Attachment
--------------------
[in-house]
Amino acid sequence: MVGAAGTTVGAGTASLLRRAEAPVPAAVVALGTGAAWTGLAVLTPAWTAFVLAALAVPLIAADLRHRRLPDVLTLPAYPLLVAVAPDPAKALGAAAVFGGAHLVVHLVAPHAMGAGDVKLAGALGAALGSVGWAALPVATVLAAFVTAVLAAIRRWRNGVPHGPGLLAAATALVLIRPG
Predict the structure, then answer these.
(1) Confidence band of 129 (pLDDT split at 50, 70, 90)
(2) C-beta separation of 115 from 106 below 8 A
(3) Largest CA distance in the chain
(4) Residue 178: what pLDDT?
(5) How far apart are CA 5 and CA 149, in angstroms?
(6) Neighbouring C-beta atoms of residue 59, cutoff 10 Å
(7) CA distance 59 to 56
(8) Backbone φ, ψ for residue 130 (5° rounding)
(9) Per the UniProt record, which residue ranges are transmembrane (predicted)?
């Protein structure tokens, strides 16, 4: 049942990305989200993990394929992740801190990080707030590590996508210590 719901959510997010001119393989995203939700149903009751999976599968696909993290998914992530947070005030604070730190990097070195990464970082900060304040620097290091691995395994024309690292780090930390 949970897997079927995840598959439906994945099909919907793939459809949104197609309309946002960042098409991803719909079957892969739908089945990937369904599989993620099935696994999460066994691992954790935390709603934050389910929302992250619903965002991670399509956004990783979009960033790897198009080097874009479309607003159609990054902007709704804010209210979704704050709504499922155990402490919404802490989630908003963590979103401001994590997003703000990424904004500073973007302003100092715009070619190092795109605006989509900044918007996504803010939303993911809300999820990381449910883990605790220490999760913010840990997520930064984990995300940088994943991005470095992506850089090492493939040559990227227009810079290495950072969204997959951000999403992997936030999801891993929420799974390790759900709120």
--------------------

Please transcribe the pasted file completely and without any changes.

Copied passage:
[in-house]
Amino acid sequence: MVGAAGTTVGAGTASLLRRAEAPVPAAVVALGTGAAWTGLAVLTPAWTAFVLAALAVPLIAADLRHRRLPDVLTLPAYPLLVAVAPDPAKALGAAAVFGGAHLVVHLVAPHAMGAGDVKLAGALGAALGSVGWAALPVATVLAAFVTAVLAAIRRWRNGVPHGPGLLAAATALVLIRPG
Predict the structure, then answer these.
(1) Confidence band of 129 (pLDDT split at 50, 70, 90)
(2) C-beta separation of 115 from 106 below 8 A
(3) Largest CA distance in the chain
(4) Residue 178: what pLDDT?
(5) How far apart are CA 5 and CA 149, in angstroms?
(6) Neighbouring C-beta atoms of residue 59, cutoff 10 Å
(7) CA distance 59 to 56
(8) Backbone φ, ψ for residue 130 (5° rounding)
(9) Per the UniProt record, which residue ranges are transmembrane (predicted)?
């Protein structure tokens, strides 16, 4: 049942990305989200993990394929992740801190990080707030590590996508210590 719901959510997010001119393989995203939700149903009751999976599968696909993290998914992530947070005030604070730190990097070195990464970082900060304040620097290091691995395994024309690292780090930390 949970897997079927995840598959439906994945099909919907793939459809949104197609309309946002960042098409991803719909079957892969739908089945990937369904599989993620099935696994999460066994691992954790935390709603934050389910929302992250619903965002991670399509956004990783979009960033790897198009080097874009479309607003159609990054902007709704804010209210979704704050709504499922155990402490919404802490989630908003963590979103401001994590997003703000990424904004500073973007302003100092715009070619190092795109605006989509900044918007996504803010939303993911809300999820990381449910883990605790220490999760913010840990997520930064984990995300940088994943991005470095992506850089090492493939040559990227227009810079290495950072969204997959951000999403992997936030999801891993929420799974390790759900709120």